PHILADELPHIA (WPVI) -- A 'Memorial Day Salute' took place at daybreak at Independence Hall.
The Spirit of Liberty Foundation invited local veterans to unfurl their 'America's Heroes' flag, for the first time.
"This flag is dedicated to the men and women who have fought," said Richard Rovsek, Chairman of the Spirit of Liberty Foundation.
The flag itself contains all six flags from each branch of the military sewn together in the order of their founding, plus the National Guard flag and the POW/MIA flag.
"What's really the heart of it is it's framed on two sides with images of over 100 images from 1776 to date of men and women fighting in our armed forces," Rovsek said.
From here, the flag was driven to Washington D.C. by motorcade.
The flag would stop at the Washington Memorial and walked down the National Mall making stops at war memorials.
But before the flag left Philadelphia, local veterans stood, holding the edges, explaining the importance to stop to remember.
"We've all lost people in the war, so to us, it honors them to come out and support them," said Stephen Judge of Booths Corner.
"We're grateful we're here, but for the ones that are not - we're here to honor them," added Alfred Robinson of Darby.
Last year, many parades and remembrances were curtailed or canceled due to the pandemic.
The Pennsylvania Veterans of Foreign Wars Commander Ronald Peters explained the importance of resuming these events this year. The VFW and other veterans service organizations are spending the day honoring the fallen.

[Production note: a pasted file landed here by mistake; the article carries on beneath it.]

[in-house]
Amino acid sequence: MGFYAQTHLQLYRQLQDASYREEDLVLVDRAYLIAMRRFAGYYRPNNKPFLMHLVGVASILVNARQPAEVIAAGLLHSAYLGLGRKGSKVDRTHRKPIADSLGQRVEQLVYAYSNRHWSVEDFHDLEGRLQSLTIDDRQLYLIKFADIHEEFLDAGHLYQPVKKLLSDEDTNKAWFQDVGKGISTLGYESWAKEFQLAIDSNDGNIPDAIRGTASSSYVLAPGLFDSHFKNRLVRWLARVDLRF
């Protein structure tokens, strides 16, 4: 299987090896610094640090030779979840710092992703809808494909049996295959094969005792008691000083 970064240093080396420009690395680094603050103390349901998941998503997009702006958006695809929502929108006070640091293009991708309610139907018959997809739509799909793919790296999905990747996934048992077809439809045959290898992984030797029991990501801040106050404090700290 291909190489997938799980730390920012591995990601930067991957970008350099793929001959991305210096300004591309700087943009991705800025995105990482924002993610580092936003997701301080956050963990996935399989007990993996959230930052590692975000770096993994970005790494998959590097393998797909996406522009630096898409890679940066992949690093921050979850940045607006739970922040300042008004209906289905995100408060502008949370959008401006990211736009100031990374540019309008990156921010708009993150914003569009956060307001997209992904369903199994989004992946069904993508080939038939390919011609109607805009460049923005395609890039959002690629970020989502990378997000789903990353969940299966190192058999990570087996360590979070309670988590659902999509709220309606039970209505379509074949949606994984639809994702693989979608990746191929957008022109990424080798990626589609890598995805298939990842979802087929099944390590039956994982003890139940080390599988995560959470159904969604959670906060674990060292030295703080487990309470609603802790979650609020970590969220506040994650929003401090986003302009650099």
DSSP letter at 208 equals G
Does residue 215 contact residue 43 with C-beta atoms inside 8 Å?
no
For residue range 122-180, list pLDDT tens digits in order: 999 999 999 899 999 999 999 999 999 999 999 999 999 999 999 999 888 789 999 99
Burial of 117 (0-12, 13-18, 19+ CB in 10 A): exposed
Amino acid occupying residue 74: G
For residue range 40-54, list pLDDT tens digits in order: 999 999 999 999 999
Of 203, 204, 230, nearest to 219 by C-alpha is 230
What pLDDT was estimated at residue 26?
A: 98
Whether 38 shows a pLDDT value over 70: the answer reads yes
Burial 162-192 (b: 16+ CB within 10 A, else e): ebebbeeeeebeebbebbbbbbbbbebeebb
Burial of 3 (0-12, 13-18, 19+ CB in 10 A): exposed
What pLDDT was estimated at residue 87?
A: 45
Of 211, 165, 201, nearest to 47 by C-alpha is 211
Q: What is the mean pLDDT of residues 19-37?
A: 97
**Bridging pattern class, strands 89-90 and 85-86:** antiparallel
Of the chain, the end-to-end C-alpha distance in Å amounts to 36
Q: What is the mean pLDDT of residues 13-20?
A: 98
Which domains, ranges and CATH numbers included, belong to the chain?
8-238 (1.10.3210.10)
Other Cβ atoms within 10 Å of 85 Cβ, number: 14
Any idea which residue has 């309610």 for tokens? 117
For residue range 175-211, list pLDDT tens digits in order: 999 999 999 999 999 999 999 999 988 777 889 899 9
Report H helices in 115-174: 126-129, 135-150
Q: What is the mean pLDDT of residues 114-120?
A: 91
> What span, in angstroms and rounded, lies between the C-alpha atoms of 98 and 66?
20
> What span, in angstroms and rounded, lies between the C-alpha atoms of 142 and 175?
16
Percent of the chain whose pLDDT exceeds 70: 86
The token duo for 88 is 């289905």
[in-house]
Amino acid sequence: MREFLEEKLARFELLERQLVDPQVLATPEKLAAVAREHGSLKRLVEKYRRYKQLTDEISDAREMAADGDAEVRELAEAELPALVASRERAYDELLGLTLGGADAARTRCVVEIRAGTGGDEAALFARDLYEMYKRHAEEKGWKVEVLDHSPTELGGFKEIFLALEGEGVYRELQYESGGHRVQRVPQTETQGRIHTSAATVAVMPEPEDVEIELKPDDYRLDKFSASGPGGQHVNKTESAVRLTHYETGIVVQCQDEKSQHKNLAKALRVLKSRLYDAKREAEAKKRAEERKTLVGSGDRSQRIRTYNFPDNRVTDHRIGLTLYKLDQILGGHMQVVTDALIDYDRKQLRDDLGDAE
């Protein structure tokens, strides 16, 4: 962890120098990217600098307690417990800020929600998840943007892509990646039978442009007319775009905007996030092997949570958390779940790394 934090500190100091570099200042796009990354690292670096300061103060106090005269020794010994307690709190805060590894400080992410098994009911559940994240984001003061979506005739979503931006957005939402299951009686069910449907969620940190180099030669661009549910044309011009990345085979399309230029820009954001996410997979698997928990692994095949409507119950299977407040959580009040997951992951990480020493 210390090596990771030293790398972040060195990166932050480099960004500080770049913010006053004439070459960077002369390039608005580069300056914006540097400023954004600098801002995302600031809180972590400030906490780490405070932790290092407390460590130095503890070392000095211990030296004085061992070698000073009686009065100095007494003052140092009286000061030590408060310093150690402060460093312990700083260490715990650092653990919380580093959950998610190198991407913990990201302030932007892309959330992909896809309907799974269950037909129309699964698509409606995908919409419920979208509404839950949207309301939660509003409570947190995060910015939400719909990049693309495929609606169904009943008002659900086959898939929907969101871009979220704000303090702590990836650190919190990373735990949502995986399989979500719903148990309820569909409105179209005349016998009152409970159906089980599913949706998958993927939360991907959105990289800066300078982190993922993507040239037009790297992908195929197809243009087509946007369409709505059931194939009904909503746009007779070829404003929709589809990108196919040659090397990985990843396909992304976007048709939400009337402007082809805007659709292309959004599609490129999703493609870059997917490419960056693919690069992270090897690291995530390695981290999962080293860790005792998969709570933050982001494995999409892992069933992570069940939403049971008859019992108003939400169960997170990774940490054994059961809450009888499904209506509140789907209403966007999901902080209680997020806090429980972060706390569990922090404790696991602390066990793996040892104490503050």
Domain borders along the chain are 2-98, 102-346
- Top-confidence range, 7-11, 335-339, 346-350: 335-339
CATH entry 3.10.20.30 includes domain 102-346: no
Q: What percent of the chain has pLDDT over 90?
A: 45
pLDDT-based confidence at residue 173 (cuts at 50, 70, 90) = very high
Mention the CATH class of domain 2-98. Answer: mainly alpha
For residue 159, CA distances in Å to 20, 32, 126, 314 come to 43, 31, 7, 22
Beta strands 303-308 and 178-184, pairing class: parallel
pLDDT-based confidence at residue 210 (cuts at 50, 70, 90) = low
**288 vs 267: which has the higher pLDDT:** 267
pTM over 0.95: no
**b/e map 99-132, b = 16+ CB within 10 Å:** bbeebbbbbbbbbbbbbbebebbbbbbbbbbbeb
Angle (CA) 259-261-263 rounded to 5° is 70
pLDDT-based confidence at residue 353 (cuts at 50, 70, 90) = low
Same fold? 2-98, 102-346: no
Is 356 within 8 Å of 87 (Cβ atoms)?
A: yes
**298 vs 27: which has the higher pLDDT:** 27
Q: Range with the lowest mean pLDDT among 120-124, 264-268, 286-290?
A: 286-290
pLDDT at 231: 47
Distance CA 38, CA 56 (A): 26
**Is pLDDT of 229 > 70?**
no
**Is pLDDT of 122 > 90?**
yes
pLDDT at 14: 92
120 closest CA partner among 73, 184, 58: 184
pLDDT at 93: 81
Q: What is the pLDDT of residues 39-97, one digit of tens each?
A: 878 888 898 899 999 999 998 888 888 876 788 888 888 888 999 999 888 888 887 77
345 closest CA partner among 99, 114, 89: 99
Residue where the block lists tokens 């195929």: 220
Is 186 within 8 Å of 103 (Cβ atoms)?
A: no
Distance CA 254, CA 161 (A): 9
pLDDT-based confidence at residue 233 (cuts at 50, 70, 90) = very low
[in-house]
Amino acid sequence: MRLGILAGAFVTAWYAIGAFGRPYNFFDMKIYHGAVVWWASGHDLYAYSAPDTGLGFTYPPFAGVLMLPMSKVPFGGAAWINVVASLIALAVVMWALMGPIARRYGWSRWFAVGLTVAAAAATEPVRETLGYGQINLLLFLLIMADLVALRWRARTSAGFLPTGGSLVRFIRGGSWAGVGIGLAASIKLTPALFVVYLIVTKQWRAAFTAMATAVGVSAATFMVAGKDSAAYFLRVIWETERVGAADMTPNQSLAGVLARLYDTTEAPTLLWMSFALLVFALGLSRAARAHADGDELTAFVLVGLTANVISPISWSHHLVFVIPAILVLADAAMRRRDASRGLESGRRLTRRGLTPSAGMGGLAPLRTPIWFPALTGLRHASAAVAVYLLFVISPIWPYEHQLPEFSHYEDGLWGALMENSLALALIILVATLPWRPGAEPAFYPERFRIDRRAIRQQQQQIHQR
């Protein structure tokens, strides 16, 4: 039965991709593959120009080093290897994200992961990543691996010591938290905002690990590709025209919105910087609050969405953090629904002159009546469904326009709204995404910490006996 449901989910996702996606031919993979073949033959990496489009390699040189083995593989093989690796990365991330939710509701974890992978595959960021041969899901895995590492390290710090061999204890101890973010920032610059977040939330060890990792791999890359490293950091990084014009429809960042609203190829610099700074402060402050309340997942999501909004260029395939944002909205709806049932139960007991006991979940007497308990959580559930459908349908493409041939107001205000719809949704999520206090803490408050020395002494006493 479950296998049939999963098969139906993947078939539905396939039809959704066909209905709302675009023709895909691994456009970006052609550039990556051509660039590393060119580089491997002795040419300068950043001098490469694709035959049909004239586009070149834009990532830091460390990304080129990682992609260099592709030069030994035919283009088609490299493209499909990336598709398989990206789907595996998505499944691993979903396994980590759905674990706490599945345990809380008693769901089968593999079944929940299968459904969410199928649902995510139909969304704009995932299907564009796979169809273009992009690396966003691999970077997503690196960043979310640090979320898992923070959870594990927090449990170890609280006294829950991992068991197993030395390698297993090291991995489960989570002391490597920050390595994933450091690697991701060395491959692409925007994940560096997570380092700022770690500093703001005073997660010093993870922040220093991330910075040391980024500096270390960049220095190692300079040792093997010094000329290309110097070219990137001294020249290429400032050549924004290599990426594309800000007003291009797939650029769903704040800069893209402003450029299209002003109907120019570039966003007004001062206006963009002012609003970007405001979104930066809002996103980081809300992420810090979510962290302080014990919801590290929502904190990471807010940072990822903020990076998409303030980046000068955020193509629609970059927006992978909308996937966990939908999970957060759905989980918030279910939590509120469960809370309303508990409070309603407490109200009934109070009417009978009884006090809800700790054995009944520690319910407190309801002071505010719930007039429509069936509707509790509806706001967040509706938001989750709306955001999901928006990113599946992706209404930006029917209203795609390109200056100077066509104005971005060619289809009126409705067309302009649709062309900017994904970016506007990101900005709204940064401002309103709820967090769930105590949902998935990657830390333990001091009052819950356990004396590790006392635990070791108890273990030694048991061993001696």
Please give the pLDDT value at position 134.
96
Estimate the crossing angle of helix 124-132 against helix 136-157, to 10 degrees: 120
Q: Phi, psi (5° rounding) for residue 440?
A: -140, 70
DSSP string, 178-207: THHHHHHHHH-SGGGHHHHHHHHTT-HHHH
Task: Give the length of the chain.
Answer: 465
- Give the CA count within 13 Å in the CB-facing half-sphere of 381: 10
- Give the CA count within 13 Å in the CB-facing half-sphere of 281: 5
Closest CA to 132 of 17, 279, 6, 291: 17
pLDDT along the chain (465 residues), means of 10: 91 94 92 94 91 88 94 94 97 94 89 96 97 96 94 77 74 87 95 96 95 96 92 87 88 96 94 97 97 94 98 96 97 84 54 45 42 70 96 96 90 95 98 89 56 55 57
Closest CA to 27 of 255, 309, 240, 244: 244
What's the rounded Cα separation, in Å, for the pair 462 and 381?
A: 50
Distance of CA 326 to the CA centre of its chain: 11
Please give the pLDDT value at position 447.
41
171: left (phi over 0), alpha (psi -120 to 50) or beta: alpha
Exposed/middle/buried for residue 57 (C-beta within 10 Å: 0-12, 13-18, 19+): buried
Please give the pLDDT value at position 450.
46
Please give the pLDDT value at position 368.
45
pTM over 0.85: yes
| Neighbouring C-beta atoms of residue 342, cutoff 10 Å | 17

"It's a moment for all of us in this nation to pause and reflect and look at what we have, and they did it at the cost of their lives. It's a humbling experience," Commander Peters said.
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The Battleship New Jersey in Camden honored military heroes who gave the ultimate sacrifice. A wreath was thrown on the Delaware River, a salute was fired from the portside saluting gun, and Taps was played.
Hundreds of people gathered at the Korean War Memorial Park and Philadelphia Vietnam Veterans Memorial at Penn's Landing
"It's not the day of barbecues and tongs, it's the day that we're supposed to stop, remember, mourn and salute," said Patrick Dugan, a Korean War Memorial board member.
Dugan said the event is scaled back this year due to the coronavirus, as they didn't know what restrictions would be in place in time for Memorial Day. While the event was shorter, participants laid wreaths, heard from Gold Star families and the Philadelphia Police Honor Guard gave a 21-gun salute.
Korean War veteran Paul Kowalewski spent nine months in combat and said unfortunately, it's the "forgotten war." However, he said he will never forget what they endured on the ground.
"It's pretty difficult to explain combat if you've never gone through it, but it just, it was nine months of hell," said Kowalewski. "A lot of our friends never made it back because they were POWs and some died in captivity. A lot of them died in captivity."
Vietnam Era veteran Andre Mears said he lost his classmate, Douglas Royster, in the Vietnam War. He said he visits the Philadelphia Vietnam Veterans Memorial each year to pay his respects.
"It's like any other grief only I believe it hits you deep knowing the way that their lives were taken," said Mears.
"Originally I am from Vietnam and we think we all owe so much to the American armed forces for being our ally in Vietnam during the war," said Dr. Anh Ly, Philadelphia Vietnam Veterans Memorial Fund Board Members.